John Scofield, Uncle John’s Band Review


John Scofield, Uncle John’s Band Review

John Scofield’s Uncle John’s Band – A Confluence of Jazz Traditions and Sonic Experimentation

by Stamish Malcuss

John-Scofield-Jazz-Sensibilities-CdJohn Scofield’s Uncle John’s Band  finds the celebrated guitars bringing us an auditory landscape that interweaves the traditions of straight-ahead jazz with tinges of blues, folk, rock, and funk. This double album on ECM Records features Scofield in a dynamic trio setting with bassist Vicente Archer and drummer Bill Stewart. The album’s fourteen tracks provide a deep well of material to dissect while giving a journey through various styles, from bebop and post-bop to folk-infused melodies and funk-driven rhythms with rock tonal edges, all brought to life by Scofield’s complex jazz guitar style.

From the get-go, Uncle John’s Band  captures the listener’s attention through its seamless integration of multiple musical idioms. The album showcases Scofield’s fluency in a plethora of styles. Tracks like “How Deep” epitomize swing jazz with a modern flair. The rhythmic interplay between Scofield and Stewart offers an exciting display of call-and-response dynamics. Meanwhile, “TV Band” offers a funkier lexicon, showcasing Scofield’s versatility and the trio’s ability to sustain a groove while providing ample room for improvisation.

Scofield’s manipulation of his guitar’s tonal colors emerges as one of the album’s distinguishing features. The guitarist employs an array of effects, including overdrive and loop pedals, as is evident in “Mr. Tambourine Man.” The track evolves from modal musings to harmonic explorations, all the while incorporating modern extensions of traditional jazz guitar techniques, including looping and the nuanced use of overdrive. Here, Scofield’s control of his guitar’s timbre—switching from clean to dirty tones—is subtle and intentional, and adds color variations to the auditory experience. Starting with a texture-rich in sonic complexity enabled by Scofield’s use of looping and guitar effects. Stewart’s drumming, far from being a mere time-keeper, participates in a dialogue with the guitar and bass, giving the tune its structural integrity. Scofield’s solo here blends traditional jazz elements—note his approach to chord tones and the incorporation of tension—and influences from country, blues, and funk genres. Listen for his unique use of bends, not commonly heard in straight-ahead jazz contexts.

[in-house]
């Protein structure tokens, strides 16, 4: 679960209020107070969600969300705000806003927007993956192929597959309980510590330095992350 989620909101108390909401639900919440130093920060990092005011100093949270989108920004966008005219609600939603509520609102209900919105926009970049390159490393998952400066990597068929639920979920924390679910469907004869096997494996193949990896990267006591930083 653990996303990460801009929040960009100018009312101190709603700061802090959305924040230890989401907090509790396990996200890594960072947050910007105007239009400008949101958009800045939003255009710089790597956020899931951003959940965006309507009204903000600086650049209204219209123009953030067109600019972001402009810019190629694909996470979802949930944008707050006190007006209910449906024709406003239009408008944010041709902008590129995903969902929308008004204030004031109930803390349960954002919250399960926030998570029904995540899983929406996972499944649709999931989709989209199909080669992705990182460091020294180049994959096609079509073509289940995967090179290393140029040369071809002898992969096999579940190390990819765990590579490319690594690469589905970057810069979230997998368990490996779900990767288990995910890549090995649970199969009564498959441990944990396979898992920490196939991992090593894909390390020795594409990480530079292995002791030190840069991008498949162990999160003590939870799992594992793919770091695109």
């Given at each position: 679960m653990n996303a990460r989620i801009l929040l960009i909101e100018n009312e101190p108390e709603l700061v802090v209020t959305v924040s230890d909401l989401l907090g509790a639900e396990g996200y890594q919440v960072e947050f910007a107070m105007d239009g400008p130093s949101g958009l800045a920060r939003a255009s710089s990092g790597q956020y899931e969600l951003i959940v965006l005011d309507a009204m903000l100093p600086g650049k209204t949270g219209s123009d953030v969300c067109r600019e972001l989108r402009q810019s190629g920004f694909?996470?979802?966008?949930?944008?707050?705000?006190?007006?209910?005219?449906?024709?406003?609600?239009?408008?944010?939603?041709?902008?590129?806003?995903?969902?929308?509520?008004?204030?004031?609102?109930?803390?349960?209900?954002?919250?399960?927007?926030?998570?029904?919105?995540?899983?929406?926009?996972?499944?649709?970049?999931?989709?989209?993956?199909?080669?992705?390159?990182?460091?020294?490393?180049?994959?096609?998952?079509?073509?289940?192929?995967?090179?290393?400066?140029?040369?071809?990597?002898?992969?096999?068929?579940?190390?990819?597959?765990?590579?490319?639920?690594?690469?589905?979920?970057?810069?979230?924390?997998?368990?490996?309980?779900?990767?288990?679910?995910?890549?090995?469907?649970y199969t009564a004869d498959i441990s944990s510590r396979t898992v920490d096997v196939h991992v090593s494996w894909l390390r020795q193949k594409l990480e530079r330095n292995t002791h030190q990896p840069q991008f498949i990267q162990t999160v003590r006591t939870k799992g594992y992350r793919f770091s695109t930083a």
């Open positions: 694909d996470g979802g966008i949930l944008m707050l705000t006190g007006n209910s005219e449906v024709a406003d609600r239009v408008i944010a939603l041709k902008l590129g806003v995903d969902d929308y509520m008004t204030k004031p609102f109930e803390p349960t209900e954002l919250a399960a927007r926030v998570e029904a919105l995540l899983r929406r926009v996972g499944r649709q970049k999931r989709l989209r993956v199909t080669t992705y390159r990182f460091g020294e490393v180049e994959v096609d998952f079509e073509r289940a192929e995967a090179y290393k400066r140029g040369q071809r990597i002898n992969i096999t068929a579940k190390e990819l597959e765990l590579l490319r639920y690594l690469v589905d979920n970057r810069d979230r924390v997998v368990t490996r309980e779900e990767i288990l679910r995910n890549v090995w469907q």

“How Deep” is a straight-ahead swinger that provides a forum for the rhythm section, featuring Archer on bass and Stewart on drums, to lay down a tight swing pocket. What sets it apart is the conversation-like interplay between Stewart and Scofield. After each phrase, Stewart’s drumming provides a commentary on what Scofield just articulated. Note the balance between Scofield’s single-note lines and chordal figures—a textbook example of balanced soloing.

Neil Young classic, “Old Man,” is transformed into a jazzy number with a folkish tint. The technique Scofield employs, picking closer to the bridge or neck for tonal variation, is particularly noteworthy. It’s not just about the notes played; it’s also about how they are articulated. Stewart and Archer contribute to the rhythmic texture, offering a sonic playground for Scofield to unleash his improvisational genius. One of the most captivating elements across tracks like “The Girlfriend Chord” is Scofield’s constant tonal shifts achieved through pedal effects and picking position. This lends a dynamic, evolving character to his solos.

Archer and Stewart provide a robust foundation and conversational dynamic throughout the album. Stewart’s brushwork in “Somewhere” adds a delicate intricacy that underscores the emotive power of the ballad. Meanwhile, Archer’s walking bass in “Ray’s Idea” serves as a propelling force, pushing the ensemble forward in their collective musical journey. Scofield combines traditional jazz lines with chordal innovations. His bending techniques and alternative voicings add a new dimension to the harmonic language. Stewart’s drumming is to be noticed. His capacity to add rhythmic complexity, especially in tracks like “Budo,” keeps the listener engaged and adds depth to the musical structure.

The artistry exhibited in Uncle John’s Band by Scofield and his trio is both a retrospective and a forward-looking endeavor. It pays homage to jazz traditions while also looking ahead to what the genre can become, adding layers of complexity in terms of technical skills and emotional depth. The album flows with musical ideas, making it a must-listen for those interested in the evolution of jazz music and genre-bending innovation.

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